I think about happiness a lot. It used to be a state which I pursued. What could be more meaningful in life than the pursuit of happiness?
I liked the idea that if you were happy, you could make other people around you happy. I thought that was a beautiful knock-on effect, and everybody would benefit.
Now, I’m not so sure.
I think that everything in life is about balance. I think that we humans need to feel all the emotions. If I stick to the dogged quest for happiness, what happens when shit happens, and I feel frustration or resentment or misery or fear? Does that mean I have failed? And then the danger is that I start beating myself up and the happiness recedes even further, disappearing into a smudge on the horizon.
I’m moving towards an idea of acceptance and awareness. I’m trying to teach myself to accept the crappy emotions, the uncomfortable emotions, the painful emotions. If I can step into those and process those and let those run through me, then I can make space for the lovely emotions, like hope and excitement and joy. And I think that I might run through the gamut in each day, and that’s kind of all right.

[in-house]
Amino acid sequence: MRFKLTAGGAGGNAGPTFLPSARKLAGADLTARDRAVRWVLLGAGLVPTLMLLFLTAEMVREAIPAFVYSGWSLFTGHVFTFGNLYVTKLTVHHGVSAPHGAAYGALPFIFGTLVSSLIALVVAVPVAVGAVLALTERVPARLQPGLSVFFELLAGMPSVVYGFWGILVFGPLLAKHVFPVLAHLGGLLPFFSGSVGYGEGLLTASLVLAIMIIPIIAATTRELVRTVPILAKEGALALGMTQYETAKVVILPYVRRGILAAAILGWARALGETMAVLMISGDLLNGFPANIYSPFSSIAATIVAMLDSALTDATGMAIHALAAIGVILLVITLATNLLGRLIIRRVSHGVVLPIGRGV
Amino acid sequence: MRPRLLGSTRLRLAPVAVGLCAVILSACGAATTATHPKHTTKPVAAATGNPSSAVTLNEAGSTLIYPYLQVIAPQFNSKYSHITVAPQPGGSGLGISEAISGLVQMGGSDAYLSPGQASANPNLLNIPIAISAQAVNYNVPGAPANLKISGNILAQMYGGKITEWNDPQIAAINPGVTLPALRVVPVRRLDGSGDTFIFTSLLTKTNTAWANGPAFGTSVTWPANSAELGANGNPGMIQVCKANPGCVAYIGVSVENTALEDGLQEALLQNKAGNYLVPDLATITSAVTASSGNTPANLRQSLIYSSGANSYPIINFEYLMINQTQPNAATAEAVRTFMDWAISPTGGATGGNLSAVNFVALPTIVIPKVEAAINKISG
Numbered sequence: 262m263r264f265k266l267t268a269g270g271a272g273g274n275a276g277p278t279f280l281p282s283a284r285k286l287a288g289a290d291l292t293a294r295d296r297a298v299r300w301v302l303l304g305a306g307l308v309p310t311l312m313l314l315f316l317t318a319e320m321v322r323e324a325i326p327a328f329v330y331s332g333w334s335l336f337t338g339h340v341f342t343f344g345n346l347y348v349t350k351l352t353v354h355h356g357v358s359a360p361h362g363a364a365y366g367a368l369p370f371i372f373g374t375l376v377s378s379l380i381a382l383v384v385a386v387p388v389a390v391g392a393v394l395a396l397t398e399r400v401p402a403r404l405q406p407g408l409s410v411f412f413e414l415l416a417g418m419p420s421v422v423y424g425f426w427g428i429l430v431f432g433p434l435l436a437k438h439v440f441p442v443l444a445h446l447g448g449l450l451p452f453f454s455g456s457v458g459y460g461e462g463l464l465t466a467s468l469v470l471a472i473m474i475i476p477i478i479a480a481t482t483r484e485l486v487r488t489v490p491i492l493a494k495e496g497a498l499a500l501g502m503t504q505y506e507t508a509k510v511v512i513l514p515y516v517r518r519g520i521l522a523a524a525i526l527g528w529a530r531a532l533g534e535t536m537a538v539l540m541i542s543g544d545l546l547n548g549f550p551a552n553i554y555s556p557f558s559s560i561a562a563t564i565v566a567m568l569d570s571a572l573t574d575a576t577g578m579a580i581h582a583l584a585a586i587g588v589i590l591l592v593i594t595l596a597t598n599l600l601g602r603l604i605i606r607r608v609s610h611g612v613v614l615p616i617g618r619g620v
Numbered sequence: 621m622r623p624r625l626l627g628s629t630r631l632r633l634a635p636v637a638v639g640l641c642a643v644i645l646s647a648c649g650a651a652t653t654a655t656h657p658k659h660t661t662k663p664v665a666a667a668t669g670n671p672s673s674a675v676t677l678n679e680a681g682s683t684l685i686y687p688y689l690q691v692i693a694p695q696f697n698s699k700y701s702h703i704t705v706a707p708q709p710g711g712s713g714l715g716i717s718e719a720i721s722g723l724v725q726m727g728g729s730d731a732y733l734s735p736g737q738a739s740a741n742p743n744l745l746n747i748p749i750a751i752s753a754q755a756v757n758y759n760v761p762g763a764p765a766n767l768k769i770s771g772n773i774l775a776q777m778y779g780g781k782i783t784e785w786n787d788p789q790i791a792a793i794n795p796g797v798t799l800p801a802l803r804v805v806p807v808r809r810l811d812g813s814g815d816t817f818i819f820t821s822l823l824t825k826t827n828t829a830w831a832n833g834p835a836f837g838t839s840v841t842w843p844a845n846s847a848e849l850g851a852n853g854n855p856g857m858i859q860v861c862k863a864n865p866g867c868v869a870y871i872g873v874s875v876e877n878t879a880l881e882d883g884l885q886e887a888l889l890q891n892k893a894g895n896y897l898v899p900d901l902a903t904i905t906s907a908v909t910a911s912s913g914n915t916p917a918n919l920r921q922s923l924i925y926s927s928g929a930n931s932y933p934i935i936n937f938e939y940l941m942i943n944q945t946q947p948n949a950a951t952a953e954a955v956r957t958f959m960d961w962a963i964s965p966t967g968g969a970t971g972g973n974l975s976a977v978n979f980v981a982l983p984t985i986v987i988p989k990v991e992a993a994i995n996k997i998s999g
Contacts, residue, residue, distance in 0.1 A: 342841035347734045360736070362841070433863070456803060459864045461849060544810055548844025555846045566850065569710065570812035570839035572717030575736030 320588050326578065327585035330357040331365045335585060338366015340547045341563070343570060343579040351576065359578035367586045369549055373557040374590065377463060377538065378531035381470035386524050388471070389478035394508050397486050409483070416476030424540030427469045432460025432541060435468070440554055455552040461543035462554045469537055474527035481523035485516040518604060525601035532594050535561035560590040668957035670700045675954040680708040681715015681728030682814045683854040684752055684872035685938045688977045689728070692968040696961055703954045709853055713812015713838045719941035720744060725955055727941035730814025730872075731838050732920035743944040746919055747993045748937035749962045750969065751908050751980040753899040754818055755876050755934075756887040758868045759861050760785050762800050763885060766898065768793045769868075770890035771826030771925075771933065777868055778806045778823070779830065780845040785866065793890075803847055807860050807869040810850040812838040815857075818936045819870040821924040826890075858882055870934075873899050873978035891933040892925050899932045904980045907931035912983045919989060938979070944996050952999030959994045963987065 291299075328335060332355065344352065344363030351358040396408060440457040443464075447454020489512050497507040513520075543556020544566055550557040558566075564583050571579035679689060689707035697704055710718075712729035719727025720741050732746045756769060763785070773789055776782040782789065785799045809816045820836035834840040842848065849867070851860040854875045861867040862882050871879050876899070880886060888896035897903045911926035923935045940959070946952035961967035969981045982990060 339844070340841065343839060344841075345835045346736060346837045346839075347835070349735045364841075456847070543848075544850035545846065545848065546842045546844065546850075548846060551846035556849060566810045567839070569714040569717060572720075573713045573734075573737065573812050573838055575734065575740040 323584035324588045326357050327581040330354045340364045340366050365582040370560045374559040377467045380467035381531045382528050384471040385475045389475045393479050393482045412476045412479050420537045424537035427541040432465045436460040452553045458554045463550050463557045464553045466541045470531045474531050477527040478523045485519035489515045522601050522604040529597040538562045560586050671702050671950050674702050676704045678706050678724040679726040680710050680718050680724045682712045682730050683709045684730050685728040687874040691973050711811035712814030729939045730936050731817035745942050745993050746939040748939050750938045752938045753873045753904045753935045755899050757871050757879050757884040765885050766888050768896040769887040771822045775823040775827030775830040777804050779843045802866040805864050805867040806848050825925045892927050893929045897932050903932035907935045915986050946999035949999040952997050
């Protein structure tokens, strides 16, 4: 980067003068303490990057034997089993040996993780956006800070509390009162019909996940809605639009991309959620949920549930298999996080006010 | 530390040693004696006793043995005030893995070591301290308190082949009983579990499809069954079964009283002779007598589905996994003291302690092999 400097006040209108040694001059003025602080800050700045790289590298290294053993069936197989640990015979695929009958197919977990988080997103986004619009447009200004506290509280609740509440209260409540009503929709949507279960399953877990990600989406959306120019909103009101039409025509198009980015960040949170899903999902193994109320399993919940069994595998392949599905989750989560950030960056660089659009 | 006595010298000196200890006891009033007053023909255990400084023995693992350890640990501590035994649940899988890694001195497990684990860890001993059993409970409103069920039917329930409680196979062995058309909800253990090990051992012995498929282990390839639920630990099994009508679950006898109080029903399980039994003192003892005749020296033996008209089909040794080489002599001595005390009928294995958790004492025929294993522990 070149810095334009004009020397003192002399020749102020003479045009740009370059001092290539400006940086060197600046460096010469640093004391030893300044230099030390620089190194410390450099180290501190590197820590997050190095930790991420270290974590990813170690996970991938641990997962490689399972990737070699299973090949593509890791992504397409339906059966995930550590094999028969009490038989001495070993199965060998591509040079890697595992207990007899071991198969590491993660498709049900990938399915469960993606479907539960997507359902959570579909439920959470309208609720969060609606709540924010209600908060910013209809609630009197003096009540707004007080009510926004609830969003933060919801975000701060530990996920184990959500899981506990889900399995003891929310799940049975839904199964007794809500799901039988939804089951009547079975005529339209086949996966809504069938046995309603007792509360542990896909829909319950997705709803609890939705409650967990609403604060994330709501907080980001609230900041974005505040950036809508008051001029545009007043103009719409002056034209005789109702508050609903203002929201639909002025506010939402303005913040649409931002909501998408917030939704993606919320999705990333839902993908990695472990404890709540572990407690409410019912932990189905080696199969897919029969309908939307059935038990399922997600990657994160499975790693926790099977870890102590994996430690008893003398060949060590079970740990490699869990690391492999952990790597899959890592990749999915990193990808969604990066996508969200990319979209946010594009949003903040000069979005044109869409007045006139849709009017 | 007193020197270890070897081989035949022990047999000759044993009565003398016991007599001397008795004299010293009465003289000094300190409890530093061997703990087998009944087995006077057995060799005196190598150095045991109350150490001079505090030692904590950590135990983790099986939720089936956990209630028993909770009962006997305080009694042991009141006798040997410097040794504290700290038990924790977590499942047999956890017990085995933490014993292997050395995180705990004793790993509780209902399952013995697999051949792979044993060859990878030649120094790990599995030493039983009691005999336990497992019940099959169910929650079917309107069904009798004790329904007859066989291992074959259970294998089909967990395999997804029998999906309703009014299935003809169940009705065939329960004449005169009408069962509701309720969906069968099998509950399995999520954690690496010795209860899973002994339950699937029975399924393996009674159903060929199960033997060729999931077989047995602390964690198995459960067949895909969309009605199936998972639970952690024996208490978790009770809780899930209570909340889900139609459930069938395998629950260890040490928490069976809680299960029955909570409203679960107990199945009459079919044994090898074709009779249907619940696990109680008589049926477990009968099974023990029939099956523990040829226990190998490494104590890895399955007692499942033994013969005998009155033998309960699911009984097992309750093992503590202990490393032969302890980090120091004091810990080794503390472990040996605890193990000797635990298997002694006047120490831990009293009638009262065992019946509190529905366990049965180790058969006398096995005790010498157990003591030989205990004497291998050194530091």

Happiness is an enchanting thing. I love to give it and I love to receive it. I want to make sure that I am open to happiness, that I don’t miss the moments of happiness when they fly by. But I’m not sure it’s an enduring or concrete state.
Maybe it’s a bit like what Dorothy Parker said about love. I can never remember the exact quote (and I should go and look it up, but it’s late and I’m tired), but it’s something like - love is a ball of mercury in the palm of the hand: clutch at it and it slips away; leave the fingers open and it stays.
Happiness feels to me the same. Leave the fingers open and let it rest, for a miraculous moment, in the hand, like a shy, visiting bird. Clutch at it, and it flies away. (And, I think, if you keep that welcoming hand open, the bird will return.)